Monday, December 07, 2009
The Longest Night in Shanghai review
Anytime there's some international dual country dorama/movie, it always ends in disaster. See Faye Wong's Uso Koi or Rondo or Fukada Kyoko's Friends. Actually all Fukada Kyoko shows end in disaster but that's besides the point. Most of the time, the aim of the show is to promote or utilise a foreign star. Problem is, foreign star can't speak local language so you end up with a half hearted attempt by the two main characters to communicate with each other and some lame story to make sure that both parties visit each others countries.
The Longest Night in Shanghai is a China/Japan joint production starring Masahiro Motoki (Okuribito) as Mizushima, a charisma stylist who is in Shanghai to do an awards show. Mizushima has reached a turning point in his professional and private life and after what he has achieved, has no idea what he wants. He is bored with his career and his relationship with his girlfriend, who is also his personal assistant has stagnanted. Vicky Zhao (Shaolin Soccer) is Lin Xi, a brash taxi drive who has to take care of her useless brother and has a crush on her mechanic. One could say that the reason she drives so recklessly is so that she can get her taxi damaged.
For someone who's at most a supporting actor, Tsukamoto Takashi's been in some pretty good shows.
On that fateful night, Lin Xi knocks Mizushima down and as an apology, offers to give him a tour of shanghai. Unfortunately, Mizushima has no money, mobile or any idea where he was suppose to stay. At its core, The Longest Night in Shanghai is a fish out of water story. Mizushima is lost in a foreign land with Lin Xi as his reluctant tour guide. They are barely able to communicate; Mizushima knows some English but Lin Xi doesn't. She wants to get rid of him and does, but she comes back to his aid despite being preoccupied with her personal problems.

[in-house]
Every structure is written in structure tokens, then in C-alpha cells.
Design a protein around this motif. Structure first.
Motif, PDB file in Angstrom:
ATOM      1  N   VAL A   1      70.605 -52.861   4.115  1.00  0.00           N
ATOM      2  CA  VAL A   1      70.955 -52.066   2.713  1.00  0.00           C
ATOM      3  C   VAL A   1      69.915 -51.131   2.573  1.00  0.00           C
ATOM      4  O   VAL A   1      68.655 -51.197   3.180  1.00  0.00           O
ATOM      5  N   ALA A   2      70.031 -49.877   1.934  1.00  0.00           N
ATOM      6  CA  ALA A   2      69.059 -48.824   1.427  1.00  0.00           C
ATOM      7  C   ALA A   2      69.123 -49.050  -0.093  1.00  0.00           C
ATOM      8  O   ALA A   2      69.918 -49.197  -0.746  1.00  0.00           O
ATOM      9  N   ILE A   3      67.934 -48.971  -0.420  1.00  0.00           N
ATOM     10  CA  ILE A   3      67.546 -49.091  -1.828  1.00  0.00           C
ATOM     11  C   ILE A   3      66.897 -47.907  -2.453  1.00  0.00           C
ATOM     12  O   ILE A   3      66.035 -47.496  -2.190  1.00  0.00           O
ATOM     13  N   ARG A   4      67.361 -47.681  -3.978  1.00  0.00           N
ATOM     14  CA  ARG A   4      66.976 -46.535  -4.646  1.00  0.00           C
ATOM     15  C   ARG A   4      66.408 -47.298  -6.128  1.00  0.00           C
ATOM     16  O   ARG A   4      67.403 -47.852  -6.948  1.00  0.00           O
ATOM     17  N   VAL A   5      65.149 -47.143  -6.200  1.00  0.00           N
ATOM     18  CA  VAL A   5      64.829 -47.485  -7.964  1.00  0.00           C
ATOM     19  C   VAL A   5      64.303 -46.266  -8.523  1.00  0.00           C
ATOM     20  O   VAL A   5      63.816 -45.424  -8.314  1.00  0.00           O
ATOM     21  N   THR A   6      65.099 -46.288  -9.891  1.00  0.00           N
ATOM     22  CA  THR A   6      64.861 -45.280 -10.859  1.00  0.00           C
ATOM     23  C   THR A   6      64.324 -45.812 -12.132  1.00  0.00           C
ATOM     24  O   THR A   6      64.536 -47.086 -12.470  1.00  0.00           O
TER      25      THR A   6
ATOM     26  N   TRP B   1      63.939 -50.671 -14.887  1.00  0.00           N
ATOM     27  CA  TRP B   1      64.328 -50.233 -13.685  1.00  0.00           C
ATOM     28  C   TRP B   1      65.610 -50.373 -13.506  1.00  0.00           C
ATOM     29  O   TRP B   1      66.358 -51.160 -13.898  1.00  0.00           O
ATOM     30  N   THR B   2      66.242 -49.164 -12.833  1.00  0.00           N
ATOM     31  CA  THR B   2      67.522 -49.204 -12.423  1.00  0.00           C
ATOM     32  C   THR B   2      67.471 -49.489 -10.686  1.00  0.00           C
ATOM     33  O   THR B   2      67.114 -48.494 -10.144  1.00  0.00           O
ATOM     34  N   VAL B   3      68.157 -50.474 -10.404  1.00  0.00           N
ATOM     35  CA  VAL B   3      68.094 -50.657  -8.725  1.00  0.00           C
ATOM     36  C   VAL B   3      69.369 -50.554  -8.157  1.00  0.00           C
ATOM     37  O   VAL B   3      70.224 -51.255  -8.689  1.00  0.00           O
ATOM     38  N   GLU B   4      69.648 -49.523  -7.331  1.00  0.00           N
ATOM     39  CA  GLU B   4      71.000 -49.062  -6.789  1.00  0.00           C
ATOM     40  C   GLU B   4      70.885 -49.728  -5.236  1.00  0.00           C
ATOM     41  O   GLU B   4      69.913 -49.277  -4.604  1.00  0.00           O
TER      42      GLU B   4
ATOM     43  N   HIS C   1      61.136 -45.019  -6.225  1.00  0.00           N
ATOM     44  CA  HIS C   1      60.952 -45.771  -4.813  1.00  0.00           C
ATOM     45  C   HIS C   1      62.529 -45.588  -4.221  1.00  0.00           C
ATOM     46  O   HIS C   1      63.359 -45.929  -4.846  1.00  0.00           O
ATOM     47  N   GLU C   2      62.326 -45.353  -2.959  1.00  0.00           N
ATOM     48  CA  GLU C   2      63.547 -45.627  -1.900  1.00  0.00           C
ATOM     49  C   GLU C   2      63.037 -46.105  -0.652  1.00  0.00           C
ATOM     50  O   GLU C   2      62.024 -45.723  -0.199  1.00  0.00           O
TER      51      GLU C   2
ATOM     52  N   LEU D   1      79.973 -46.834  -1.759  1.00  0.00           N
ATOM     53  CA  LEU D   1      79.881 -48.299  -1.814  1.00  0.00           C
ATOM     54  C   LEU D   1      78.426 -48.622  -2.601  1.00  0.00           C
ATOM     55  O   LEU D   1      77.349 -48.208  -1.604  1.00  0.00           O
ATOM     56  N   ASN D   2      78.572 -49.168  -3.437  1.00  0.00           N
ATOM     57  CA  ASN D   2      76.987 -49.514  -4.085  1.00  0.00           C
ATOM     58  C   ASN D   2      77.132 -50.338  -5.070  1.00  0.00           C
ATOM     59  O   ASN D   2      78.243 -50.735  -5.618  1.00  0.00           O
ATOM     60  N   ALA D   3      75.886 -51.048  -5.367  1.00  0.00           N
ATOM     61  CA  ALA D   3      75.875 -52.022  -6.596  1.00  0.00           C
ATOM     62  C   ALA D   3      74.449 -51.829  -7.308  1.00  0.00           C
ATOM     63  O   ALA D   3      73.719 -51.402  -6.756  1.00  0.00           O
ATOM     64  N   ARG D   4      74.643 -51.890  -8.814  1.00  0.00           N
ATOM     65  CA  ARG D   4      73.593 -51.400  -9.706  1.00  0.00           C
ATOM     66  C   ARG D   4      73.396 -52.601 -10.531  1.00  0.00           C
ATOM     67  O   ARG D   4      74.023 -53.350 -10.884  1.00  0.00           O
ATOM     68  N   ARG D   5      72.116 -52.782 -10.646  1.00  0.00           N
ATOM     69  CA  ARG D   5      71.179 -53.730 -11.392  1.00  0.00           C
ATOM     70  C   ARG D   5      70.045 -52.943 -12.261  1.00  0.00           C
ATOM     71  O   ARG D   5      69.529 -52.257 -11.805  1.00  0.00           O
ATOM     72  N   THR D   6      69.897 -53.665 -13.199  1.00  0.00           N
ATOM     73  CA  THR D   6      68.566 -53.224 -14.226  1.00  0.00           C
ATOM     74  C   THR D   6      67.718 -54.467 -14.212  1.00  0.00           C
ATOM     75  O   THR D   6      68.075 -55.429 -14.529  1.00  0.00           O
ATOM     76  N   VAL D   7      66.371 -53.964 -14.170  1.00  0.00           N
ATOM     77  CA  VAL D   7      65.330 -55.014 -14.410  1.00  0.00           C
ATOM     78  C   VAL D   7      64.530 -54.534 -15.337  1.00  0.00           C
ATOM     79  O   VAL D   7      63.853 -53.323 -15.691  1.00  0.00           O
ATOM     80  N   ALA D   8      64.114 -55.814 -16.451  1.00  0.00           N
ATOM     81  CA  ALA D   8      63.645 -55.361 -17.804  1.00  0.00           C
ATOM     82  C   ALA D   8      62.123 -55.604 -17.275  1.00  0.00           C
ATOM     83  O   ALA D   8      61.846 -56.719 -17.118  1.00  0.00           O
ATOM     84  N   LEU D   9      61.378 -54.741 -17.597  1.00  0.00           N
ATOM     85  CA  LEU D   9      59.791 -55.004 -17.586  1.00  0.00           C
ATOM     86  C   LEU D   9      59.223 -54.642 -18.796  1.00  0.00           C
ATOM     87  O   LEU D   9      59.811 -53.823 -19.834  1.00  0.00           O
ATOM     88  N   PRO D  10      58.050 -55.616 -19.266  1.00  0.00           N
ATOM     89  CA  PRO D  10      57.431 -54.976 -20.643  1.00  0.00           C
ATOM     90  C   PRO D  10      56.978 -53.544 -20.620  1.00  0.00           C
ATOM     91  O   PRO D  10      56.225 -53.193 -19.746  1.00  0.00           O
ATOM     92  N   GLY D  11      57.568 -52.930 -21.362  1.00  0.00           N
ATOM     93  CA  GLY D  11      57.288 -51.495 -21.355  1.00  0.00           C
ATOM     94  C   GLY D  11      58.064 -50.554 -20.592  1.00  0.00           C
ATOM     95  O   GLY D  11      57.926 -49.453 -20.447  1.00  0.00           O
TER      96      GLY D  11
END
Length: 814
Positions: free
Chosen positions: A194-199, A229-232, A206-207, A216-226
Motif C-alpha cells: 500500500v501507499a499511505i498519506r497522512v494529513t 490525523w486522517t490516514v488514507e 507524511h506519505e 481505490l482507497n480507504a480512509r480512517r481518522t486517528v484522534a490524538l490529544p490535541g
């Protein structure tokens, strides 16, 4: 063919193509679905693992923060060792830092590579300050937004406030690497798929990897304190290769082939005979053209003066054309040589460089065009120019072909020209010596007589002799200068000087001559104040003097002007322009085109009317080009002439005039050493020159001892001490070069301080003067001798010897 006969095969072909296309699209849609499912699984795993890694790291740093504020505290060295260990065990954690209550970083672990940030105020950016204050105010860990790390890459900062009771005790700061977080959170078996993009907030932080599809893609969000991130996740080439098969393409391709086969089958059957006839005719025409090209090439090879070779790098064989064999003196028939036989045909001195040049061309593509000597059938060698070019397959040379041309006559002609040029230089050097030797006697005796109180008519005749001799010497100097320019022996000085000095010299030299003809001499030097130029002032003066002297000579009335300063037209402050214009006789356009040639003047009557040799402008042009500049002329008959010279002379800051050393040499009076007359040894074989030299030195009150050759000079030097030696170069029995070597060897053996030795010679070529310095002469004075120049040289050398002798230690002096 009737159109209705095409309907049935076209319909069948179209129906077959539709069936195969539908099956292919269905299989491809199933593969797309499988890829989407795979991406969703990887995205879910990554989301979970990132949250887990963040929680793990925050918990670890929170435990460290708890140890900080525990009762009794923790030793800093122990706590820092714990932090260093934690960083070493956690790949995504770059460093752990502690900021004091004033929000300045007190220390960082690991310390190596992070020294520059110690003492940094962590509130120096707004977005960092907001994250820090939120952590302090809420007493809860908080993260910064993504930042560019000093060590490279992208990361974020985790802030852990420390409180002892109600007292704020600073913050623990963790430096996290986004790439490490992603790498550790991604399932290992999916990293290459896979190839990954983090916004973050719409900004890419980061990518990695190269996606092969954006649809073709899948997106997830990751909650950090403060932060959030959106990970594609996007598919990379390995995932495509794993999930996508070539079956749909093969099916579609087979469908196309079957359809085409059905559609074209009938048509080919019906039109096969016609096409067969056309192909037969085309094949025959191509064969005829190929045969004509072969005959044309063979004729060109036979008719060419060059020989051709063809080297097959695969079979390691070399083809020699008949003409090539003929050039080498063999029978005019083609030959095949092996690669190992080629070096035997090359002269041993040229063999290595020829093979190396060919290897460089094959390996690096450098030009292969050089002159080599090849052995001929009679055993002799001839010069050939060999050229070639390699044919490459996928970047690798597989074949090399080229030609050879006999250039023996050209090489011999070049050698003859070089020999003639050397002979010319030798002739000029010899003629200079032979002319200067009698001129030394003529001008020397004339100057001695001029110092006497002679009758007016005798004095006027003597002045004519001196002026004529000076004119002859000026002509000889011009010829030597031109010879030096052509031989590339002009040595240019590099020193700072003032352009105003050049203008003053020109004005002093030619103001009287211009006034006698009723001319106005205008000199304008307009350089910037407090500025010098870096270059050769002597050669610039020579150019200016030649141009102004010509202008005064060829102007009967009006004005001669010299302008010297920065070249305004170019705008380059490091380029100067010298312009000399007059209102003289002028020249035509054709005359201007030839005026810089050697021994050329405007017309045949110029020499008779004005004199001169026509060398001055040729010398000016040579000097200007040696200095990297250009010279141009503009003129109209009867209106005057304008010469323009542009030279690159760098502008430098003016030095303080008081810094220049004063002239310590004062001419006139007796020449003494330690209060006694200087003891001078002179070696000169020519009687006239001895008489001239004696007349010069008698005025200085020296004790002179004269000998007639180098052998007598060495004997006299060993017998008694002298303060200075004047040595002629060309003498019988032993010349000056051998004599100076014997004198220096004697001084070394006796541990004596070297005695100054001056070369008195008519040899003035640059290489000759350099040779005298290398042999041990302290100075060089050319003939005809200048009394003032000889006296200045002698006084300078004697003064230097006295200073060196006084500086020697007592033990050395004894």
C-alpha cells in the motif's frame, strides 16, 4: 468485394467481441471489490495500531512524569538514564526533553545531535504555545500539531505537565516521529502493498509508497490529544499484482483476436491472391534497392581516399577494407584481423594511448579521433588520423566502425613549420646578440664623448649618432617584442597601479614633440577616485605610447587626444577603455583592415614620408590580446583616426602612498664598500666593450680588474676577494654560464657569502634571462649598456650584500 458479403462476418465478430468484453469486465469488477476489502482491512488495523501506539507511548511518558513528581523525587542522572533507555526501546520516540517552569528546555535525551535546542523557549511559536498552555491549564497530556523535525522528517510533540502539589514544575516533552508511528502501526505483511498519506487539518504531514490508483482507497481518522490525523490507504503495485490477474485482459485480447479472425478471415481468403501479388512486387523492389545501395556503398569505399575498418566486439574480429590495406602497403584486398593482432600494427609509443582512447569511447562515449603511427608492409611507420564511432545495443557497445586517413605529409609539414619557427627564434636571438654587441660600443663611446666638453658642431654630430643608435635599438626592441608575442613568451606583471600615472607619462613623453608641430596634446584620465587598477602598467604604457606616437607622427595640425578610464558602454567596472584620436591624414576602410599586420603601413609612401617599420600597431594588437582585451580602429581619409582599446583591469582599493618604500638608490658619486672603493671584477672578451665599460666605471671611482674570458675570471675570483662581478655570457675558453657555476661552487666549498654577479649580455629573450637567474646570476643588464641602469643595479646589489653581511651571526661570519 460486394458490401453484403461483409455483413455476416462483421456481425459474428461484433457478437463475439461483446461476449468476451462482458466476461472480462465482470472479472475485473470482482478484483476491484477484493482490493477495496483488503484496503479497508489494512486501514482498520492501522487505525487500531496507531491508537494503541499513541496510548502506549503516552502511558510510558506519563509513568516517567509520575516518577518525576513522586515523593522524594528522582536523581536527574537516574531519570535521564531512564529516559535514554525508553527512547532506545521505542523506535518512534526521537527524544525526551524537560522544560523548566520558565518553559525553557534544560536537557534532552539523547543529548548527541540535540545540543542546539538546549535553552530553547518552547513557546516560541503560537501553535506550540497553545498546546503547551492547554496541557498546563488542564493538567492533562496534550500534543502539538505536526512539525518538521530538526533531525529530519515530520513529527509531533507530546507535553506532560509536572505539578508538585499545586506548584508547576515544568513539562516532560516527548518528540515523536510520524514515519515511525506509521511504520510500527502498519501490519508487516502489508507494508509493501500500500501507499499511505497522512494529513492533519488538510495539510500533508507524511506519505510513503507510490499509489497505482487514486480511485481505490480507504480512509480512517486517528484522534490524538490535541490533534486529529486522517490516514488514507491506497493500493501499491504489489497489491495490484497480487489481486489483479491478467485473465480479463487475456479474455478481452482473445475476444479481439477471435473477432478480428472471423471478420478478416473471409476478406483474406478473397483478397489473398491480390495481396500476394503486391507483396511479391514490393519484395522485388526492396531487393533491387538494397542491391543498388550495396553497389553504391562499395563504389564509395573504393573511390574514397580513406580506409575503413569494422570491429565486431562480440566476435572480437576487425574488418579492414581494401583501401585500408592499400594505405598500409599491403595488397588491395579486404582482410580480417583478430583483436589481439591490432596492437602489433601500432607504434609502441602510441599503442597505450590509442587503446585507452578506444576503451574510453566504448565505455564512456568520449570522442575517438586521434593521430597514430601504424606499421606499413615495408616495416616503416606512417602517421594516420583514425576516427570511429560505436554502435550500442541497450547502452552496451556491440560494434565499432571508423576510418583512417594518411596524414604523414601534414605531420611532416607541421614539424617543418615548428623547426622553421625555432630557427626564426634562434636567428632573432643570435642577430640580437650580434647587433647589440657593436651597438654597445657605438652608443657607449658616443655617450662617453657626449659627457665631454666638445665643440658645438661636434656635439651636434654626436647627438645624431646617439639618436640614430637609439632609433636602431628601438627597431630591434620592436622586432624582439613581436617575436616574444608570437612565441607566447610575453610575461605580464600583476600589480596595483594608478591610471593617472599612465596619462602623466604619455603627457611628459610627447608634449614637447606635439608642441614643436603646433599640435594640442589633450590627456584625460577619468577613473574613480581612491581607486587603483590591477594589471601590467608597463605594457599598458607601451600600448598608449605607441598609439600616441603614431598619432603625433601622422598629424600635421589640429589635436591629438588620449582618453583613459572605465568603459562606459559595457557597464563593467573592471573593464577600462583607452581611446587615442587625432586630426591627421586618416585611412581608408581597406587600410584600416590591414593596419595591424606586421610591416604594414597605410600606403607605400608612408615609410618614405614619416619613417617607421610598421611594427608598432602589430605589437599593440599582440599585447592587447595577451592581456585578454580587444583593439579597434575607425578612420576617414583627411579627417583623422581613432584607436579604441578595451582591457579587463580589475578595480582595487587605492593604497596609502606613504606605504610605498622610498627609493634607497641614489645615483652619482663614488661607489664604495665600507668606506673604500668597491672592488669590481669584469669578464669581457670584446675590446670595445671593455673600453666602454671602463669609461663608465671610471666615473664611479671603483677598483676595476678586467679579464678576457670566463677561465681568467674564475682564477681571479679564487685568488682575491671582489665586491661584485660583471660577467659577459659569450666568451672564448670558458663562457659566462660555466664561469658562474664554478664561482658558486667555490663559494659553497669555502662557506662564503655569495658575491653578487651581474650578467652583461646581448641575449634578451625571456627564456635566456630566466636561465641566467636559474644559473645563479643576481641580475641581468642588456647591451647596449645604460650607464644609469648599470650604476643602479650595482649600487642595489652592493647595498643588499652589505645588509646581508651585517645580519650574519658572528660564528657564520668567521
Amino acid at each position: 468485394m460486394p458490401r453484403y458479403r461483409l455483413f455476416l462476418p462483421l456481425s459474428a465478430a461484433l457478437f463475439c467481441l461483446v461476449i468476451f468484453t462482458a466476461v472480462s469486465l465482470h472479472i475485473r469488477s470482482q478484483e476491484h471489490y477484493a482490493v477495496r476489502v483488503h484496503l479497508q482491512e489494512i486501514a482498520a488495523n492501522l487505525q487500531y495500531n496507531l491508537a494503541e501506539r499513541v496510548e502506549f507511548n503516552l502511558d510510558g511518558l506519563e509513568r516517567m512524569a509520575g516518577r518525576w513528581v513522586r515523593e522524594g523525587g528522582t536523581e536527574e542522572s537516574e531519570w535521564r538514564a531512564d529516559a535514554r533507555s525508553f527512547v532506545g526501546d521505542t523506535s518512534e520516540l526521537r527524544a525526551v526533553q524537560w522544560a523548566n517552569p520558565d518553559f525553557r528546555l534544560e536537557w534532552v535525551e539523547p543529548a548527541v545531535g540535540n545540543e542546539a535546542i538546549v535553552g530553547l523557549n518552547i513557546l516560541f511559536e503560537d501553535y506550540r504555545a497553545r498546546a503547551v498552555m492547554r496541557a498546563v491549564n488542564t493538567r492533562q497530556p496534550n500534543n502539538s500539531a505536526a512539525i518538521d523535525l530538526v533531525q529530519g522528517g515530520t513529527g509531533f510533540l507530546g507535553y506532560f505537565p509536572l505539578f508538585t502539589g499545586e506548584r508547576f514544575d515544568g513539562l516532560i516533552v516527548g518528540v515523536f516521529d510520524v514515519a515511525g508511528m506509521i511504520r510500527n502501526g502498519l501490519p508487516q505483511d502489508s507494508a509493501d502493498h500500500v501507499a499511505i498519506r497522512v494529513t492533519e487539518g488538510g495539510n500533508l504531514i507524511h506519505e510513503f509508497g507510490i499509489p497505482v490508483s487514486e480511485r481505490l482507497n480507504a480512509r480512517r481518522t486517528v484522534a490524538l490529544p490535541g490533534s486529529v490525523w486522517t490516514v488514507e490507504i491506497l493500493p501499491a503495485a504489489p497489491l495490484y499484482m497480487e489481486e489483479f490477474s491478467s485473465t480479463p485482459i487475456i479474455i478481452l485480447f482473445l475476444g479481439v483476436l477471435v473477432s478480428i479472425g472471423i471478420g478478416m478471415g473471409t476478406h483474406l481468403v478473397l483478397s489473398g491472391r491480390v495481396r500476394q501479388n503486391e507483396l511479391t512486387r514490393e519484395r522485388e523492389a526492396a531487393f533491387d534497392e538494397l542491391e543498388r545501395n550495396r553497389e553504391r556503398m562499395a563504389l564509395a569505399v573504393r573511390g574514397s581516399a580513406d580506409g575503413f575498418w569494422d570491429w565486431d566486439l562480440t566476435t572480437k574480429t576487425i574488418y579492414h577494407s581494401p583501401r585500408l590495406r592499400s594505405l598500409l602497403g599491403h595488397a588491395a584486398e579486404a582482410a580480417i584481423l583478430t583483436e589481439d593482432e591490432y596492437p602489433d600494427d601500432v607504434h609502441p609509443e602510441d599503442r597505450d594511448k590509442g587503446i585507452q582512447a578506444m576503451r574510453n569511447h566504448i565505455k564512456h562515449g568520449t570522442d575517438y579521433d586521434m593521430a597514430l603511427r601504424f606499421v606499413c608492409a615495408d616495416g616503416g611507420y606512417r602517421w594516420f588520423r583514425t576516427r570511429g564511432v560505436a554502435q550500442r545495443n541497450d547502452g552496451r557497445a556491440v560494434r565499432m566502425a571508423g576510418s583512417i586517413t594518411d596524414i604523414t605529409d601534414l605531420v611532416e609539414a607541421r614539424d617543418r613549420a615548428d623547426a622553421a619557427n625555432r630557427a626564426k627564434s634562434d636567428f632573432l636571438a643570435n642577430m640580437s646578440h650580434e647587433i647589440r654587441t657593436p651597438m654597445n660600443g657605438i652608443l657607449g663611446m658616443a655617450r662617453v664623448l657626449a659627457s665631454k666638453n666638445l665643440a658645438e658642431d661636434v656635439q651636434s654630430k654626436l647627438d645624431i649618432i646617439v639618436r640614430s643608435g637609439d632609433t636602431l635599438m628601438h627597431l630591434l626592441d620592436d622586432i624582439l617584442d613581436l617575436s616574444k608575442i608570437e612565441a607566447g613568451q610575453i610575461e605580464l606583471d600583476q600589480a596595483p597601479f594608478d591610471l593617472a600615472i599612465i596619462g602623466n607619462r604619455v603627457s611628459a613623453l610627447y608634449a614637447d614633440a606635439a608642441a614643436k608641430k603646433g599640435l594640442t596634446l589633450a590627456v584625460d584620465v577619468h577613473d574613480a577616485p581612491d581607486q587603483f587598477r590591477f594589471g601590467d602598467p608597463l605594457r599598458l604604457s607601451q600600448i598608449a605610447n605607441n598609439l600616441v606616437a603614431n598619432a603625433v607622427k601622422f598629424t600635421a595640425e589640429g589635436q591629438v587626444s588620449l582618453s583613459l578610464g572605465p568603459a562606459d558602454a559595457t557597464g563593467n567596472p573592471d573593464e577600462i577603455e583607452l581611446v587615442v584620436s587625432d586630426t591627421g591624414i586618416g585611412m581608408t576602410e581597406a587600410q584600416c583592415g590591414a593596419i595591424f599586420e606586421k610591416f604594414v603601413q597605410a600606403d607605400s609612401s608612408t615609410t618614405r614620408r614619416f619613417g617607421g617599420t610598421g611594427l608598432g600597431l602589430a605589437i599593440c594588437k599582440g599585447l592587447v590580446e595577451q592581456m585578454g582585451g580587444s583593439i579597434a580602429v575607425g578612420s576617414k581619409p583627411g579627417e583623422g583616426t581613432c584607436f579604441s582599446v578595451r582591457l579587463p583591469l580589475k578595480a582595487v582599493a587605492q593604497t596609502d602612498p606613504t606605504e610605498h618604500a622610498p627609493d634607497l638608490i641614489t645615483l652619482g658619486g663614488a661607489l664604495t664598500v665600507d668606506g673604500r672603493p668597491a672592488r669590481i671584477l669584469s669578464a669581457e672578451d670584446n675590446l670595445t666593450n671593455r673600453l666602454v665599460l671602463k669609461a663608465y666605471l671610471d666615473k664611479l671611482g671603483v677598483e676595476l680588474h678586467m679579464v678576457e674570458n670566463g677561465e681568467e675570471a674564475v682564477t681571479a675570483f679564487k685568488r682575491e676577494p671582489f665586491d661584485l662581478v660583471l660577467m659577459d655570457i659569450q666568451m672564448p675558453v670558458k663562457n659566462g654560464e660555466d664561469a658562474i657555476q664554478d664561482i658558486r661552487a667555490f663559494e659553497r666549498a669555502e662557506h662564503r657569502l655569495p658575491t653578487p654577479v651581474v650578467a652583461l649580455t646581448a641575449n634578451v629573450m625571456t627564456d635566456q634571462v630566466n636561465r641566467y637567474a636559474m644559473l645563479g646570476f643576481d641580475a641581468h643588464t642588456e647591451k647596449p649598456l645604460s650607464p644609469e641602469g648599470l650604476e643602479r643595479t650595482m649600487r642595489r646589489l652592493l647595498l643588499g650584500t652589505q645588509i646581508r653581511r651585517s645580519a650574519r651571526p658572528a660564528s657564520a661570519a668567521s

They encounter various adventures throughout the night and of course come to terms with their emotions and personal problems. I won't spoil what happens but its remarkable that a movie with two people speaking different languages and constantly misunderstanding each other can be so entertaining. Credit the actors and the script. There's some laugh out load moments, especially Takenaka Naoto's (Shall we Dance?) Bruce Lee scene. His imitation is uncanny. For a movie director by a Chinese, the Japanese parts are really good and don't feel fake like when Western movies have Japanese speaking parts and dialogue and characters don't feel authentic.
If there's one real weak link in this movie, its the side story of the megane dude in the bar. Its obvious they want to make it a story about love and relationships, blah blah blah and give everyone a story but megane dude and the American singer story is laugh out bad. First, his English is shit. Second, the dialogue is pathetically fake. Similar to my comment about Japanese in American shows, this is the result of an actor who can't speak English spouting words written by someone who has no idea how lame the dialogue is in English. Good thing its only a minor part of the movie but its so bad it sticks out like a sore thumb.
I highly recommend The Longest Night in Shanghai. Movies with a chinese director doing a half Japanese/Chinese romantic comedy which is different from the norm and using the language barrier has a tool for exploring a story don't come around very often.